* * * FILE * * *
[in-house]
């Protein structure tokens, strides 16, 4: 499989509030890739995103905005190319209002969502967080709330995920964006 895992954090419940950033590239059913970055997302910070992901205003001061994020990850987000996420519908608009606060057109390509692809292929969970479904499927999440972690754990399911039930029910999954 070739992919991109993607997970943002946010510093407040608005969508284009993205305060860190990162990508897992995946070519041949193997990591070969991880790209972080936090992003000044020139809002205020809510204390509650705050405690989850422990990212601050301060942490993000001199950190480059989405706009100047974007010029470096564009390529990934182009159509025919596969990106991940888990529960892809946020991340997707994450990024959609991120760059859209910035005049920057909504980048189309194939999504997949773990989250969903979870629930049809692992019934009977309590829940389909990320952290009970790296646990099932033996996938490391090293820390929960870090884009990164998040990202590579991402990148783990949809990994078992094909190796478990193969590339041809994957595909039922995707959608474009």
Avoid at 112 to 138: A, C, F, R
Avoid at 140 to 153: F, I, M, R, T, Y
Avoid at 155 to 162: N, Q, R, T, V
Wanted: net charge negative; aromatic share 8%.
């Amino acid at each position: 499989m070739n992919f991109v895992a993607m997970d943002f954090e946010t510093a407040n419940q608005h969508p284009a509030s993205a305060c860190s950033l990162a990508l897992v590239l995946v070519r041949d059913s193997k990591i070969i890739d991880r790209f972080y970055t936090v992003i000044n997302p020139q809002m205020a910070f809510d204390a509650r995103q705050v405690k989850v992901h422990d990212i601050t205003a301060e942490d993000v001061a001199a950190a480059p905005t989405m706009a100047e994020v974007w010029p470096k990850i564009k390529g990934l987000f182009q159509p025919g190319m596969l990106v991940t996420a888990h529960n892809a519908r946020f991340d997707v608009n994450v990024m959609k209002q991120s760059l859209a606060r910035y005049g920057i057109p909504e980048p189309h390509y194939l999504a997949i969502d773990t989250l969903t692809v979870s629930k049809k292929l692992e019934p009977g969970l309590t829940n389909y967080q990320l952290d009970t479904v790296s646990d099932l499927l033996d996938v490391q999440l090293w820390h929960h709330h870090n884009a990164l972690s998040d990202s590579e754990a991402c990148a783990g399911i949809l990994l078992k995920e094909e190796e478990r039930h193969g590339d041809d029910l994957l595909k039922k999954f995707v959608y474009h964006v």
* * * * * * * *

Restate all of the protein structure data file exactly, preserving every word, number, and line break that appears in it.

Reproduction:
[in-house]
């Protein structure tokens, strides 16, 4: 499989509030890739995103905005190319209002969502967080709330995920964006 895992954090419940950033590239059913970055997302910070992901205003001061994020990850987000996420519908608009606060057109390509692809292929969970479904499927999440972690754990399911039930029910999954 070739992919991109993607997970943002946010510093407040608005969508284009993205305060860190990162990508897992995946070519041949193997990591070969991880790209972080936090992003000044020139809002205020809510204390509650705050405690989850422990990212601050301060942490993000001199950190480059989405706009100047974007010029470096564009390529990934182009159509025919596969990106991940888990529960892809946020991340997707994450990024959609991120760059859209910035005049920057909504980048189309194939999504997949773990989250969903979870629930049809692992019934009977309590829940389909990320952290009970790296646990099932033996996938490391090293820390929960870090884009990164998040990202590579991402990148783990949809990994078992094909190796478990193969590339041809994957595909039922995707959608474009």
Avoid at 112 to 138: A, C, F, R
Avoid at 140 to 153: F, I, M, R, T, Y
Avoid at 155 to 162: N, Q, R, T, V
Wanted: net charge negative; aromatic share 8%.
């Amino acid at each position: 499989m070739n992919f991109v895992a993607m997970d943002f954090e946010t510093a407040n419940q608005h969508p284009a509030s993205a305060c860190s950033l990162a990508l897992v590239l995946v070519r041949d059913s193997k990591i070969i890739d991880r790209f972080y970055t936090v992003i000044n997302p020139q809002m205020a910070f809510d204390a509650r995103q705050v405690k989850v992901h422990d990212i601050t205003a301060e942490d993000v001061a001199a950190a480059p905005t989405m706009a100047e994020v974007w010029p470096k990850i564009k390529g990934l987000f182009q159509p025919g190319m596969l990106v991940t996420a888990h529960n892809a519908r946020f991340d997707v608009n994450v990024m959609k209002q991120s760059l859209a606060r910035y005049g920057i057109p909504e980048p189309h390509y194939l999504a997949i969502d773990t989250l969903t692809v979870s629930k049809k292929l692992e019934p009977g969970l309590t829940n389909y967080q990320l952290d009970t479904v790296s646990d099932l499927l033996d996938v490391q999440l090293w820390h929960h709330h870090n884009a990164l972690s998040d990202s590579e754990a991402c990148a783990g399911i949809l990994l078992k995920e094909e190796e478990r039930h193969g590339d041809d029910l994957l595909k039922k999954f995707v959608y474009h964006v």